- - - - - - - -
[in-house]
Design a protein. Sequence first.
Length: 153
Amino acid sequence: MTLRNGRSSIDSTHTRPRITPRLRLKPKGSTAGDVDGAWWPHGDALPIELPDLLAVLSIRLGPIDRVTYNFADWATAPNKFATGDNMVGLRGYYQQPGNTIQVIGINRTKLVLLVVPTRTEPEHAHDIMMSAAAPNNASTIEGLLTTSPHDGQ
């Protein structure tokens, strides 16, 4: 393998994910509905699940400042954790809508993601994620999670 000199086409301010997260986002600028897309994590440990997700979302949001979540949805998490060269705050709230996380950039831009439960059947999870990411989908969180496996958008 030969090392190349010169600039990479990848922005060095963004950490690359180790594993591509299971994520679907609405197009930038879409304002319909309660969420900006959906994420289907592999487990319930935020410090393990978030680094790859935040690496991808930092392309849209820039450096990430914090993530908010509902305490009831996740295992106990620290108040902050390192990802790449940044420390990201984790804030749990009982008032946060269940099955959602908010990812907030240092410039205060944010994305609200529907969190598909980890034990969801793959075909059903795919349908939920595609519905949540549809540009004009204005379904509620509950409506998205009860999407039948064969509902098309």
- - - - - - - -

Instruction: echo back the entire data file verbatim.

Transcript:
[in-house]
Design a protein. Sequence first.
Length: 153
Amino acid sequence: MTLRNGRSSIDSTHTRPRITPRLRLKPKGSTAGDVDGAWWPHGDALPIELPDLLAVLSIRLGPIDRVTYNFADWATAPNKFATGDNMVGLRGYYQQPGNTIQVIGINRTKLVLLVVPTRTEPEHAHDIMMSAAAPNNASTIEGLLTTSPHDGQ
């Protein structure tokens, strides 16, 4: 393998994910509905699940400042954790809508993601994620999670 000199086409301010997260986002600028897309994590440990997700979302949001979540949805998490060269705050709230996380950039831009439960059947999870990411989908969180496996958008 030969090392190349010169600039990479990848922005060095963004950490690359180790594993591509299971994520679907609405197009930038879409304002319909309660969420900006959906994420289907592999487990319930935020410090393990978030680094790859935040690496991808930092392309849209820039450096990430914090993530908010509902305490009831996740295992106990620290108040902050390192990802790449940044420390990201984790804030749990009982008032946060269940099955959602908010990812907030240092410039205060944010994305609200529907969190598909980890034990969801793959075909059903795919349908939920595609519905949540549809540009004009204005379904509620509950409506998205009860999407039948064969509902098309």